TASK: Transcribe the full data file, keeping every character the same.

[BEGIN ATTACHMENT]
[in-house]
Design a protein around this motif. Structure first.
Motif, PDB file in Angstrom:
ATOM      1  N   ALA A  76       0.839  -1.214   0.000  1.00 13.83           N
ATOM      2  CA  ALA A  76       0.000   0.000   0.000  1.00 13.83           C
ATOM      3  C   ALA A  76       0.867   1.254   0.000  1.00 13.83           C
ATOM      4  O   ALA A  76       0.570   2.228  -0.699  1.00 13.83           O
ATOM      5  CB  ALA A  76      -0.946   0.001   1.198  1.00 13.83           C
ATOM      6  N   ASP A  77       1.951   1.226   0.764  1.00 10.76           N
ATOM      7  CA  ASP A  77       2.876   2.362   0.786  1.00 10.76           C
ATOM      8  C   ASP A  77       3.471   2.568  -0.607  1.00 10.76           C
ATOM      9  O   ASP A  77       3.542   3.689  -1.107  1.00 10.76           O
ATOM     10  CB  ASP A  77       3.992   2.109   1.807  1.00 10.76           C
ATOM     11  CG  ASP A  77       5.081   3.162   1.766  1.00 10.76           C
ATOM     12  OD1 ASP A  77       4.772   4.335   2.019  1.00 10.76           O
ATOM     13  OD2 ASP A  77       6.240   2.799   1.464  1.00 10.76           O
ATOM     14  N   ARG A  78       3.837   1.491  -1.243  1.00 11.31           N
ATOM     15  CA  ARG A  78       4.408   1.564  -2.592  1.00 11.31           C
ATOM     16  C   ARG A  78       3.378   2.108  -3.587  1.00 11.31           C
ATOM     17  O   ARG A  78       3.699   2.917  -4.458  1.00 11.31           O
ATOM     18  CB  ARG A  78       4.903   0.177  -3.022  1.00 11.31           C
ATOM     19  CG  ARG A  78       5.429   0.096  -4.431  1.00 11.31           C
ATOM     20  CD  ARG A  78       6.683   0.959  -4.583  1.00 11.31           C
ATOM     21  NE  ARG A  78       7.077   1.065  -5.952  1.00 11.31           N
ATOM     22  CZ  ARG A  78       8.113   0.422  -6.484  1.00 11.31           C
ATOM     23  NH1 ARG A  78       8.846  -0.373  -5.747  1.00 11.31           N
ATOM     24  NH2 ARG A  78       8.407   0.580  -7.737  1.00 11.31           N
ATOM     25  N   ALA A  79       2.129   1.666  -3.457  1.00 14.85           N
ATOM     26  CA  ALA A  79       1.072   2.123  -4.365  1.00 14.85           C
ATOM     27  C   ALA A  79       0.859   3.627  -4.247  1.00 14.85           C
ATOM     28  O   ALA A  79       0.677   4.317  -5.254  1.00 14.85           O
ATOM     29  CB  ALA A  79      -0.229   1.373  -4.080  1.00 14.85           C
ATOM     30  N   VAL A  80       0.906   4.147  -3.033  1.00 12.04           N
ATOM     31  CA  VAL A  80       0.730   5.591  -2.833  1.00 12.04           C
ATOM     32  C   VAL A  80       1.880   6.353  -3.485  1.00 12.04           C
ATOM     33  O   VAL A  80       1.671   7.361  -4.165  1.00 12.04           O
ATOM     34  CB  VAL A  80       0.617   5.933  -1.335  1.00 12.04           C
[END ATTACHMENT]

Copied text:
[in-house]
Design a protein around this motif. Structure first.
Motif, PDB file in Angstrom:
ATOM      1  N   ALA A  76       0.839  -1.214   0.000  1.00 13.83           N
ATOM      2  CA  ALA A  76       0.000   0.000   0.000  1.00 13.83           C
ATOM      3  C   ALA A  76       0.867   1.254   0.000  1.00 13.83           C
ATOM      4  O   ALA A  76       0.570   2.228  -0.699  1.00 13.83           O
ATOM      5  CB  ALA A  76      -0.946   0.001   1.198  1.00 13.83           C
ATOM      6  N   ASP A  77       1.951   1.226   0.764  1.00 10.76           N
ATOM      7  CA  ASP A  77       2.876   2.362   0.786  1.00 10.76           C
ATOM      8  C   ASP A  77       3.471   2.568  -0.607  1.00 10.76           C
ATOM      9  O   ASP A  77       3.542   3.689  -1.107  1.00 10.76           O
ATOM     10  CB  ASP A  77       3.992   2.109   1.807  1.00 10.76           C
ATOM     11  CG  ASP A  77       5.081   3.162   1.766  1.00 10.76           C
ATOM     12  OD1 ASP A  77       4.772   4.335   2.019  1.00 10.76           O
ATOM     13  OD2 ASP A  77       6.240   2.799   1.464  1.00 10.76           O
ATOM     14  N   ARG A  78       3.837   1.491  -1.243  1.00 11.31           N
ATOM     15  CA  ARG A  78       4.408   1.564  -2.592  1.00 11.31           C
ATOM     16  C   ARG A  78       3.378   2.108  -3.587  1.00 11.31           C
ATOM     17  O   ARG A  78       3.699   2.917  -4.458  1.00 11.31           O
ATOM     18  CB  ARG A  78       4.903   0.177  -3.022  1.00 11.31           C
ATOM     19  CG  ARG A  78       5.429   0.096  -4.431  1.00 11.31           C
ATOM     20  CD  ARG A  78       6.683   0.959  -4.583  1.00 11.31           C
ATOM     21  NE  ARG A  78       7.077   1.065  -5.952  1.00 11.31           N
ATOM     22  CZ  ARG A  78       8.113   0.422  -6.484  1.00 11.31           C
ATOM     23  NH1 ARG A  78       8.846  -0.373  -5.747  1.00 11.31           N
ATOM     24  NH2 ARG A  78       8.407   0.580  -7.737  1.00 11.31           N
ATOM     25  N   ALA A  79       2.129   1.666  -3.457  1.00 14.85           N
ATOM     26  CA  ALA A  79       1.072   2.123  -4.365  1.00 14.85           C
ATOM     27  C   ALA A  79       0.859   3.627  -4.247  1.00 14.85           C
ATOM     28  O   ALA A  79       0.677   4.317  -5.254  1.00 14.85           O
ATOM     29  CB  ALA A  79      -0.229   1.373  -4.080  1.00 14.85           C
ATOM     30  N   VAL A  80       0.906   4.147  -3.033  1.00 12.04           N
ATOM     31  CA  VAL A  80       0.730   5.591  -2.833  1.00 12.04           C
ATOM     32  C   VAL A  80       1.880   6.353  -3.485  1.00 12.04           C
ATOM     33  O   VAL A  80       1.671   7.361  -4.165  1.00 12.04           O
ATOM     34  CB  VAL A  80       0.617   5.933  -1.335  1.00 12.04           C